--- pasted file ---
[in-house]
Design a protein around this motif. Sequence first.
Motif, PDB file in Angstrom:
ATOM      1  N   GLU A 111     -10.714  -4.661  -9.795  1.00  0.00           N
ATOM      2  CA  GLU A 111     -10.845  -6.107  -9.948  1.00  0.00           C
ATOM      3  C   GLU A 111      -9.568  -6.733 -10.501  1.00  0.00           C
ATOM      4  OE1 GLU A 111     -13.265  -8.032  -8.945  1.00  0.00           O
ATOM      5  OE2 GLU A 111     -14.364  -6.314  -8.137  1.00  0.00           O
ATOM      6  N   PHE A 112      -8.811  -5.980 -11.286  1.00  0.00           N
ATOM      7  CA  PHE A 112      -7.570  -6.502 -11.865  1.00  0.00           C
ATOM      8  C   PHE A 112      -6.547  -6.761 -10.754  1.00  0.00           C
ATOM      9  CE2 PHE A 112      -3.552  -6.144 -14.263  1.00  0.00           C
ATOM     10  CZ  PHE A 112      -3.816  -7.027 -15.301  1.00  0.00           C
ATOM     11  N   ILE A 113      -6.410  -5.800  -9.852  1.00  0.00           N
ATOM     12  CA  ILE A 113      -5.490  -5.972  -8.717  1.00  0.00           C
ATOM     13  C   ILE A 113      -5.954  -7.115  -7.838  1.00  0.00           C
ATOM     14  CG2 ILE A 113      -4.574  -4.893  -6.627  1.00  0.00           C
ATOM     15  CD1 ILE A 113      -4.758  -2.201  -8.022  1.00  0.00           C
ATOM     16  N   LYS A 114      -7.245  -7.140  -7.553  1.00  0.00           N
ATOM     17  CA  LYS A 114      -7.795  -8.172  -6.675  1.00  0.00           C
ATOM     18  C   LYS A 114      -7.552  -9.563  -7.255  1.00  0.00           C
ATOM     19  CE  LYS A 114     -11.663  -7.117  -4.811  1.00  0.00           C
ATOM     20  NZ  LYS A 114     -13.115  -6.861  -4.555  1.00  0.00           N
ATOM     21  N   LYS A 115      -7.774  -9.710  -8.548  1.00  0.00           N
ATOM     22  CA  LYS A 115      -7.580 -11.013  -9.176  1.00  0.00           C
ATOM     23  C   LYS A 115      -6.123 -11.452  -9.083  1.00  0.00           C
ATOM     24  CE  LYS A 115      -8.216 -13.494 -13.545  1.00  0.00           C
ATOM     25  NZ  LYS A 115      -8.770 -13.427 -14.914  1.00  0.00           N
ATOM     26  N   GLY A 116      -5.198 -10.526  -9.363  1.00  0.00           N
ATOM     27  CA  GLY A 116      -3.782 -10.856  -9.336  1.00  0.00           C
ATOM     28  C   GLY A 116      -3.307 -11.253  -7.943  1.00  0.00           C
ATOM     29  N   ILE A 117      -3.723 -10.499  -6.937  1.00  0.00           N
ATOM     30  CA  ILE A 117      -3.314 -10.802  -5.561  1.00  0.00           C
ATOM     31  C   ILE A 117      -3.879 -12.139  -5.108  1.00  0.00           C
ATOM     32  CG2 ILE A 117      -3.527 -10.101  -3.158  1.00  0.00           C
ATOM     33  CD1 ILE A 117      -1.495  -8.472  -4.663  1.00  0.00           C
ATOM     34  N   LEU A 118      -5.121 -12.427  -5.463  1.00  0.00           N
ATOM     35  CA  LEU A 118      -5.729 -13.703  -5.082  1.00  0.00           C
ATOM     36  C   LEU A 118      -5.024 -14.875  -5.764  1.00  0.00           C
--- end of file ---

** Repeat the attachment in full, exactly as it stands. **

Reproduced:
[in-house]
Design a protein around this motif. Sequence first.
Motif, PDB file in Angstrom:
ATOM      1  N   GLU A 111     -10.714  -4.661  -9.795  1.00  0.00           N
ATOM      2  CA  GLU A 111     -10.845  -6.107  -9.948  1.00  0.00           C
ATOM      3  C   GLU A 111      -9.568  -6.733 -10.501  1.00  0.00           C
ATOM      4  OE1 GLU A 111     -13.265  -8.032  -8.945  1.00  0.00           O
ATOM      5  OE2 GLU A 111     -14.364  -6.314  -8.137  1.00  0.00           O
ATOM      6  N   PHE A 112      -8.811  -5.980 -11.286  1.00  0.00           N
ATOM      7  CA  PHE A 112      -7.570  -6.502 -11.865  1.00  0.00           C
ATOM      8  C   PHE A 112      -6.547  -6.761 -10.754  1.00  0.00           C
ATOM      9  CE2 PHE A 112      -3.552  -6.144 -14.263  1.00  0.00           C
ATOM     10  CZ  PHE A 112      -3.816  -7.027 -15.301  1.00  0.00           C
ATOM     11  N   ILE A 113      -6.410  -5.800  -9.852  1.00  0.00           N
ATOM     12  CA  ILE A 113      -5.490  -5.972  -8.717  1.00  0.00           C
ATOM     13  C   ILE A 113      -5.954  -7.115  -7.838  1.00  0.00           C
ATOM     14  CG2 ILE A 113      -4.574  -4.893  -6.627  1.00  0.00           C
ATOM     15  CD1 ILE A 113      -4.758  -2.201  -8.022  1.00  0.00           C
ATOM     16  N   LYS A 114      -7.245  -7.140  -7.553  1.00  0.00           N
ATOM     17  CA  LYS A 114      -7.795  -8.172  -6.675  1.00  0.00           C
ATOM     18  C   LYS A 114      -7.552  -9.563  -7.255  1.00  0.00           C
ATOM     19  CE  LYS A 114     -11.663  -7.117  -4.811  1.00  0.00           C
ATOM     20  NZ  LYS A 114     -13.115  -6.861  -4.555  1.00  0.00           N
ATOM     21  N   LYS A 115      -7.774  -9.710  -8.548  1.00  0.00           N
ATOM     22  CA  LYS A 115      -7.580 -11.013  -9.176  1.00  0.00           C
ATOM     23  C   LYS A 115      -6.123 -11.452  -9.083  1.00  0.00           C
ATOM     24  CE  LYS A 115      -8.216 -13.494 -13.545  1.00  0.00           C
ATOM     25  NZ  LYS A 115      -8.770 -13.427 -14.914  1.00  0.00           N
ATOM     26  N   GLY A 116      -5.198 -10.526  -9.363  1.00  0.00           N
ATOM     27  CA  GLY A 116      -3.782 -10.856  -9.336  1.00  0.00           C
ATOM     28  C   GLY A 116      -3.307 -11.253  -7.943  1.00  0.00           C
ATOM     29  N   ILE A 117      -3.723 -10.499  -6.937  1.00  0.00           N
ATOM     30  CA  ILE A 117      -3.314 -10.802  -5.561  1.00  0.00           C
ATOM     31  C   ILE A 117      -3.879 -12.139  -5.108  1.00  0.00           C
ATOM     32  CG2 ILE A 117      -3.527 -10.101  -3.158  1.00  0.00           C
ATOM     33  CD1 ILE A 117      -1.495  -8.472  -4.663  1.00  0.00           C
ATOM     34  N   LEU A 118      -5.121 -12.427  -5.463  1.00  0.00           N
ATOM     35  CA  LEU A 118      -5.729 -13.703  -5.082  1.00  0.00           C
ATOM     36  C   LEU A 118      -5.024 -14.875  -5.764  1.00  0.00           C